Cameron has done some great things with Flacco. He's taken a Division 1-AA quarterback and turned him into an above-average NFL starter. But he also may have taken him as far as he can. That's the harsh reality of the business. Flacco isn't going anywhere, so when Harbaugh evaluates this season and makes plans for next year, he needs to be brutally honest and ask himself this:

Even if Cameron isn't totally at fault, are things going to get better next year ... or will it be more of the same?

2. As long as Terrell Suggs is healthy and motivated, he is worth every last dime the Ravens paid him two years ago.

Over the final month of the regular season, and in two playoff games, I'm not sure there was a better defensive player in the NFL than Suggs. He's simply too strong, too fast, and too quick for most offensive linemen to handle. He plays the run better than virtually every pass rusher in the league, and if he had someone else on the other side who generated a consistent pass rush, and helped he and Haloti Ngata collapse the pocket, the Ravens might have doubled their sack total this year.

I think it's fair to say Suggs' poor 2009 season was a combination of him showing up in bad shape and also some bad luck. He was finally starting to play well again when Brady Quinn dove at his knees behind the play after throwing an interception in a game against Cleveland. I don't believe Suggs was truly 100 percent healthy the rest of that year, even though he played well in the Ravens playoff victory over New England.

But this year, he was the hardest guy to block on the football field more than not. You could sense a level of maturity in Suggs this year that wasn't there in previous years. He was still his entertaining, engaging self, and it's likely he'll always be unafraid to share his opinions about the league. But it's also obvious he can sense this will one day be his defense to lead, and there are responsibilities involved with that. Ray Lewis will only be around so much longer. The same is true of Ed Reed.

Even though the Ravens say they don't draft for need, they're going to have a difficult decision to make on draft day this year. Do they try to solve one of their glaring holes on the offensive line? Or do they concede that Paul Kruger and Sergio Kindle were misses, and try again to draft a pass rusher opposite Suggs?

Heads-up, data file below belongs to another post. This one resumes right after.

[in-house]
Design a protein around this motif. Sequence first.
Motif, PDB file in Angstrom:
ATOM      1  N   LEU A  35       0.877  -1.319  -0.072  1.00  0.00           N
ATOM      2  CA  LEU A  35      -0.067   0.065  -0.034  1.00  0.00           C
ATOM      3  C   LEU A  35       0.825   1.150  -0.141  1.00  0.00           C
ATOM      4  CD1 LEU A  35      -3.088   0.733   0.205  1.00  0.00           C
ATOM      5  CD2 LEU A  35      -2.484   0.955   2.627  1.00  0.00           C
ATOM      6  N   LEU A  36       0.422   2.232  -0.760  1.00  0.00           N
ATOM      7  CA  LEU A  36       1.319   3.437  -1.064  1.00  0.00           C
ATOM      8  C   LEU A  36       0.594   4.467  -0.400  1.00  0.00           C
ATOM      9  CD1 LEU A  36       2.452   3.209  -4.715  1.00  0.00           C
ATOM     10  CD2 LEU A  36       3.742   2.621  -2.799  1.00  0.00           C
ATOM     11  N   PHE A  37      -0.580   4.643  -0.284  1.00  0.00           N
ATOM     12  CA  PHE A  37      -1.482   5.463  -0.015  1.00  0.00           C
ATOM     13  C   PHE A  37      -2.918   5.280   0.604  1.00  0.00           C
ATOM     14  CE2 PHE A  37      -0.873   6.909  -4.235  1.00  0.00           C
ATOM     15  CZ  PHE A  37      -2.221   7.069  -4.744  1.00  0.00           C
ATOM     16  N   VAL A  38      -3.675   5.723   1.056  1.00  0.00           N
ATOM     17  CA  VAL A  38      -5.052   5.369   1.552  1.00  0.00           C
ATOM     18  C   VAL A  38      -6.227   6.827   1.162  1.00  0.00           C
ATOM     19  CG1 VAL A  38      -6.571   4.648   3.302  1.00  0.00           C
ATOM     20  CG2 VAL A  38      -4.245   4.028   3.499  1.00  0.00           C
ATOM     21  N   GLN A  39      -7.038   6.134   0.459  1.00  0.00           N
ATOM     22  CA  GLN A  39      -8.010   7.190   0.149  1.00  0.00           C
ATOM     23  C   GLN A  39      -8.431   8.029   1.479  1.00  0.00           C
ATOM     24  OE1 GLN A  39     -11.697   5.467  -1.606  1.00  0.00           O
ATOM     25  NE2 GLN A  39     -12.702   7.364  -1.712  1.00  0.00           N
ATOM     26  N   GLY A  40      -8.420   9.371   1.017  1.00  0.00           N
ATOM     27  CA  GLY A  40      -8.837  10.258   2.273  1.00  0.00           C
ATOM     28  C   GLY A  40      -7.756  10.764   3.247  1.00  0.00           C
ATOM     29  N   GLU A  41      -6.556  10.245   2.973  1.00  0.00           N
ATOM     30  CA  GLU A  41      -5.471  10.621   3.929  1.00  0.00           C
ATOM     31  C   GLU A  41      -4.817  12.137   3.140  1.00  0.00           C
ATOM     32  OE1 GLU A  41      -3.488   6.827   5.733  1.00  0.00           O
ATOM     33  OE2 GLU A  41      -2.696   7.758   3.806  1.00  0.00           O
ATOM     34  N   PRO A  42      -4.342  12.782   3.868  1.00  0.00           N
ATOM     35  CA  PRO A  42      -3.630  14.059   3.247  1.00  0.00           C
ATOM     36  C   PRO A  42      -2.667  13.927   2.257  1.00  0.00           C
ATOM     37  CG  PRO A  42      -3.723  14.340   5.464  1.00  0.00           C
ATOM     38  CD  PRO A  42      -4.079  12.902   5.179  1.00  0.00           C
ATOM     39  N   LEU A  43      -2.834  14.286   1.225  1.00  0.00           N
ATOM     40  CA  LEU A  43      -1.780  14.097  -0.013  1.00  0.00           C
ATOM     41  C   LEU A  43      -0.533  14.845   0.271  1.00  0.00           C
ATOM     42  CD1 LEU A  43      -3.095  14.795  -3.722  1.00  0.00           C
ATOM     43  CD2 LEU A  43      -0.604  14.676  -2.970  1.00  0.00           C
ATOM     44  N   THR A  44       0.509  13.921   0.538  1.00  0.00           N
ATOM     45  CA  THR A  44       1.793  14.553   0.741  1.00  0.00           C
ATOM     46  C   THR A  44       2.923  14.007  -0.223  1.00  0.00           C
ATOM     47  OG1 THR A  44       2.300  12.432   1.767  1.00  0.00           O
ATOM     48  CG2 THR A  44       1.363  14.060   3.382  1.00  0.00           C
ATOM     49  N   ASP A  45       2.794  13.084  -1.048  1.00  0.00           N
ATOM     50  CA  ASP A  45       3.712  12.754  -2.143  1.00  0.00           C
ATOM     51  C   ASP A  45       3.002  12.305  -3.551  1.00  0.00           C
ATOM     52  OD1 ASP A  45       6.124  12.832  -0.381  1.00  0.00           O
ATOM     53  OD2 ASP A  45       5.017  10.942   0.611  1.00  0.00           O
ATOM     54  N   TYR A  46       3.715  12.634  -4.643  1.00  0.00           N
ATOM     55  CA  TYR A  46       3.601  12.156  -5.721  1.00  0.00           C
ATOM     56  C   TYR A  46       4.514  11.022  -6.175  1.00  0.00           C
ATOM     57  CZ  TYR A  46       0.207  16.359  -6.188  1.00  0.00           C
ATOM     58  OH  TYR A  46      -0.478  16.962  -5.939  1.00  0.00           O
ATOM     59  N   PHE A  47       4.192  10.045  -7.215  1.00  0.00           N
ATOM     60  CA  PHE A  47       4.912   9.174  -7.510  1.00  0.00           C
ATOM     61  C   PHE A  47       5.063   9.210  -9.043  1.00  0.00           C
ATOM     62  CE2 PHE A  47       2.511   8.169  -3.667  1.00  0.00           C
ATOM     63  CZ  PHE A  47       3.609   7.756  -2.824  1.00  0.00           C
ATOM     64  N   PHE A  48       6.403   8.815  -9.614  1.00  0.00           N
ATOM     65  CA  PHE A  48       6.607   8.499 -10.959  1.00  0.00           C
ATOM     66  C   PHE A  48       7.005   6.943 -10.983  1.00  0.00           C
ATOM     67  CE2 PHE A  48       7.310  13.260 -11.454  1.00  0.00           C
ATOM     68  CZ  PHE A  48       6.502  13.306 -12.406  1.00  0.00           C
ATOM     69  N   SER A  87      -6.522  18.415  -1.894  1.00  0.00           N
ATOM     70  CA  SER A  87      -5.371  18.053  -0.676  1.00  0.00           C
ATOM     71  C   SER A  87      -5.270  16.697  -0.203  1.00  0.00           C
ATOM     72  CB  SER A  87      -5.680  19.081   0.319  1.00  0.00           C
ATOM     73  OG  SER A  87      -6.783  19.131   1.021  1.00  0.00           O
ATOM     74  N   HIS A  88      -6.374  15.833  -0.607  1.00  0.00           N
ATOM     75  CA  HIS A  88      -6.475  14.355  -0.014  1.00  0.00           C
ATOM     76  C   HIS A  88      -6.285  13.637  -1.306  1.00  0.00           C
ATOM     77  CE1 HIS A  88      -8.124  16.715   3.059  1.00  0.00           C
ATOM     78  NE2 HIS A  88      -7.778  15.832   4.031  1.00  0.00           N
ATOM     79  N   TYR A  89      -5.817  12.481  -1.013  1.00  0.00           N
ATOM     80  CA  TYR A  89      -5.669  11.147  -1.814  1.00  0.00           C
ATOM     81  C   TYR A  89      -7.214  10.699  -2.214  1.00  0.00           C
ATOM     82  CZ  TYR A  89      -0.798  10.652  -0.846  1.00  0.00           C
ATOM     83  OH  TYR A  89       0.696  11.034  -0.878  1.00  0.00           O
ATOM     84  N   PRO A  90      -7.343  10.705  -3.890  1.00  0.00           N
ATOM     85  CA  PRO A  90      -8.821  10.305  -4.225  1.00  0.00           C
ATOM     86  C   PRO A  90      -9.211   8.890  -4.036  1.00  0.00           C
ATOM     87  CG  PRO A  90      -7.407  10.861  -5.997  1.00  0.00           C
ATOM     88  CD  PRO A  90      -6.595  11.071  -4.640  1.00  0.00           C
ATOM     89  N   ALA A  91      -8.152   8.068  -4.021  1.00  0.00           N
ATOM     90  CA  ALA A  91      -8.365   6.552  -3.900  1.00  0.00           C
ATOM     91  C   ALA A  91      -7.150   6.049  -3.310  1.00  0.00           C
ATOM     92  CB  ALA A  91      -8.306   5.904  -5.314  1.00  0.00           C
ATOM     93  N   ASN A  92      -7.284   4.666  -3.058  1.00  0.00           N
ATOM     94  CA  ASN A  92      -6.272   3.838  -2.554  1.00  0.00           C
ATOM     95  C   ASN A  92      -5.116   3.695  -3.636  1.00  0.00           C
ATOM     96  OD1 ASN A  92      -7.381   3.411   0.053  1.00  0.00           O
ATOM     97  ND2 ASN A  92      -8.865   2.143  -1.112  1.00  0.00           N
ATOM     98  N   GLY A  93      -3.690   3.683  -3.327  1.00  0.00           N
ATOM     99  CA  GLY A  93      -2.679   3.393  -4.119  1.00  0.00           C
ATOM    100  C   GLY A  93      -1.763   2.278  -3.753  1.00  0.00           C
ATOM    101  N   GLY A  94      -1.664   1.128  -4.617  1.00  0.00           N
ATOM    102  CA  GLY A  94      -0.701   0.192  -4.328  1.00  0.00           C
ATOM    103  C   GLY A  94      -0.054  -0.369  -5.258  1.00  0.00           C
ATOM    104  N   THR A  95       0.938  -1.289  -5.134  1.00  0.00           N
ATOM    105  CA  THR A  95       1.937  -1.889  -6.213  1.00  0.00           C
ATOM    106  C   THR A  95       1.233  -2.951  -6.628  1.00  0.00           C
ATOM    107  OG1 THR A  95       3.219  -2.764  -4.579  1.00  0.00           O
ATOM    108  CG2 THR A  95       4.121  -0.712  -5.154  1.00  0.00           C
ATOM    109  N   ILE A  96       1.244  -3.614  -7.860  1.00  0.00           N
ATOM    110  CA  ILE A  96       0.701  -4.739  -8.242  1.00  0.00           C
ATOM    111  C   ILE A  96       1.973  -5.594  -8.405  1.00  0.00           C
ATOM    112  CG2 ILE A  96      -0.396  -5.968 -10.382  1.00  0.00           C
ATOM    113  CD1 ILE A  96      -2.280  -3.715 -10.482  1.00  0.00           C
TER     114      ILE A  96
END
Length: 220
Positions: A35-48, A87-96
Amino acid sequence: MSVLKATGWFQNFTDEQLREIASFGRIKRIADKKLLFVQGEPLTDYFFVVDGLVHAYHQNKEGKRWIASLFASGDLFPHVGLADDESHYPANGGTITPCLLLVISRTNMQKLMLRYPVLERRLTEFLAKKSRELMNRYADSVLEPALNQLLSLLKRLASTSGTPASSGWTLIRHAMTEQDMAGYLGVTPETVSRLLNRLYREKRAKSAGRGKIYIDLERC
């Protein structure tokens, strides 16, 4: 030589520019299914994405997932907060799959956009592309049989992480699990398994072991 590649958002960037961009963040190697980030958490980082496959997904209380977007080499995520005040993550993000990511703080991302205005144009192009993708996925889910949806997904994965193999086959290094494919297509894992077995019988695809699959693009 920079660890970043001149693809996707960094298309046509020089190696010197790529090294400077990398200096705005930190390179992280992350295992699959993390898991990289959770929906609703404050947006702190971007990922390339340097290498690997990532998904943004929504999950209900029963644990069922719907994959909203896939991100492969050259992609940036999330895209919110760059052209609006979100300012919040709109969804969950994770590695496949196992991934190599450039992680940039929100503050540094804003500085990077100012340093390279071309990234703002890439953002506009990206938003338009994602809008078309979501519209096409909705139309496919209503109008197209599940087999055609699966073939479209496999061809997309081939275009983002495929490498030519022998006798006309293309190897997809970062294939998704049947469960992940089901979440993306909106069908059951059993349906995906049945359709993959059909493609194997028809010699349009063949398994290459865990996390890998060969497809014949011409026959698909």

3. The Ravens still have issues at wide receiver. And it may be time to cut ties with a few of them.

Derrick Mason looked old against the Steelers. He couldn't get separation all game, and despite being targeted several times, he didn't catch a pass for the first time all year. T.J. Houshmandzadeh and Anquan Boldin dropped key passes when their team desperately needed them to make a play. Donte' Stallworth was a non factor all year, including Saturday.

Wasn't this supposed to be the best receiving corps in the league?

It seems unlikely that Houshmandzadeh will be back. He just didn't produce enough to justify his subtle gripes about not getting the ball enough. I can't imagine Stallworth would want to come back, assuming another team would have him, considering that he caught only two passes this year. Boldin, whether you think his disappointing season was his own fault or Flacco's -- or a combination of the two -- will be back. But the real question mark for me is Mason.

Assuming the labor situation gets worked out, is it worth bringing him back for another year?

I honestly don't know the answer. Physically, he is still good enough to warrant a roster spot, but I think the Ravens have to seriously ask whether or not Mason will be able to deal with being just another receiver. Can he handle getting thrown to twice a game without getting upset? I'm not sure that he can. It's always going to be in his DNA to want the ball, and I'm not sure it benefits the Ravens long term to have him back for another season, potentially getting in Flacco's face because he's not getting the ball.

All you have to do is look at the Steelers wide receiver corps if you want your answer. Other than Hines Ward, the Steelers have a group of young, fast guys who stretch the field and put pressure on safeties and corners. And if you watched the Packers-Falcons game, you saw Aaron Rodgers hitting guys who looked like they got a turbo boost as soon as they caught the ball. The Ravens don't have a receiver who can run away from anyone after the catch. Boldin can run over them, but not away from them.